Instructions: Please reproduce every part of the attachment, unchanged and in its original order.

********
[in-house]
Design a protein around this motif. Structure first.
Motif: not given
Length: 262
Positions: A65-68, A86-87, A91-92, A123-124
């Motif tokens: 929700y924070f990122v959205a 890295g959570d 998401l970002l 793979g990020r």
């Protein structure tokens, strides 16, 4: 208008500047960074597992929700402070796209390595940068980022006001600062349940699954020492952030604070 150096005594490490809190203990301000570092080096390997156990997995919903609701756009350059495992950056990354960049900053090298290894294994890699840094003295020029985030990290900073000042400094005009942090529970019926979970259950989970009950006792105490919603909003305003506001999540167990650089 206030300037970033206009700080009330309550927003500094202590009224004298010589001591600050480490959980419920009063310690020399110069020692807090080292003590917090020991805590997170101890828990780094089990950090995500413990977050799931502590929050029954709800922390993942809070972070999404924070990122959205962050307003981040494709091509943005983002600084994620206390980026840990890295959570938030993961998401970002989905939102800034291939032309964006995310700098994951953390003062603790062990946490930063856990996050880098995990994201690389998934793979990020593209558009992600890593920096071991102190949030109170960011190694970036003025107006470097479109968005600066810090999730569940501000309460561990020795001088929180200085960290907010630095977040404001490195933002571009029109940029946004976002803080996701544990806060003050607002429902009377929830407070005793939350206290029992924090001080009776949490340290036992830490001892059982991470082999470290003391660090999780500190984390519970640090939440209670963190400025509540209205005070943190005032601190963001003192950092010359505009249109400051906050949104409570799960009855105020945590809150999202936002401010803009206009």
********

[in-house]
Design a protein around this motif. Structure first.
Motif: not given
Length: 262
Positions: A65-68, A86-87, A91-92, A123-124
């Motif tokens: 929700y924070f990122v959205a 890295g959570d 998401l970002l 793979g990020r």
């Protein structure tokens, strides 16, 4: 208008500047960074597992929700402070796209390595940068980022006001600062349940699954020492952030604070 150096005594490490809190203990301000570092080096390997156990997995919903609701756009350059495992950056990354960049900053090298290894294994890699840094003295020029985030990290900073000042400094005009942090529970019926979970259950989970009950006792105490919603909003305003506001999540167990650089 206030300037970033206009700080009330309550927003500094202590009224004298010589001591600050480490959980419920009063310690020399110069020692807090080292003590917090020991805590997170101890828990780094089990950090995500413990977050799931502590929050029954709800922390993942809070972070999404924070990122959205962050307003981040494709091509943005983002600084994620206390980026840990890295959570938030993961998401970002989905939102800034291939032309964006995310700098994951953390003062603790062990946490930063856990996050880098995990994201690389998934793979990020593209558009992600890593920096071991102190949030109170960011190694970036003025107006470097479109968005600066810090999730569940501000309460561990020795001088929180200085960290907010630095977040404001490195933002571009029109940029946004976002803080996701544990806060003050607002429902009377929830407070005793939350206290029992924090001080009776949490340290036992830490001892059982991470082999470290003391660090999780500190984390519970640090939440209670963190400025509540209205005070943190005032601190963001003192950092010359505009249109400051906050949104409570799960009855105020945590809150999202936002401010803009206009």